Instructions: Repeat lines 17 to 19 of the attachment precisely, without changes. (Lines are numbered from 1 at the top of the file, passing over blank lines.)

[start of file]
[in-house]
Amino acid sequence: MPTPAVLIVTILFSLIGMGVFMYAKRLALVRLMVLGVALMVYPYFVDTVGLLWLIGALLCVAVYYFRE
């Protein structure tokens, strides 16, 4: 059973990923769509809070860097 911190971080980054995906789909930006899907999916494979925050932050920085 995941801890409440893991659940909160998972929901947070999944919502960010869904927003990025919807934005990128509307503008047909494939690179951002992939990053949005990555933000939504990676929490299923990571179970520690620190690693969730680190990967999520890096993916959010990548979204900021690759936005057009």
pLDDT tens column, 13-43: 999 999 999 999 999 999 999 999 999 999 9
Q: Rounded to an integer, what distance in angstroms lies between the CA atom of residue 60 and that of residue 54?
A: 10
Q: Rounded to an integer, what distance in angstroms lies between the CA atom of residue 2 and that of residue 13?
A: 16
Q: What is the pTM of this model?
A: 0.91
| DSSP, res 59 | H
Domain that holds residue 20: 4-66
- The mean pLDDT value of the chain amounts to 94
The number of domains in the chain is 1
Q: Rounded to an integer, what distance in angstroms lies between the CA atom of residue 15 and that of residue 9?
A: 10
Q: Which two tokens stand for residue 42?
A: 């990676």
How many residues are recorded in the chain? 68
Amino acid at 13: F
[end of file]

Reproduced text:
Q: Which two tokens stand for residue 42?
A: 């990676």
How many residues are recorded in the chain? 68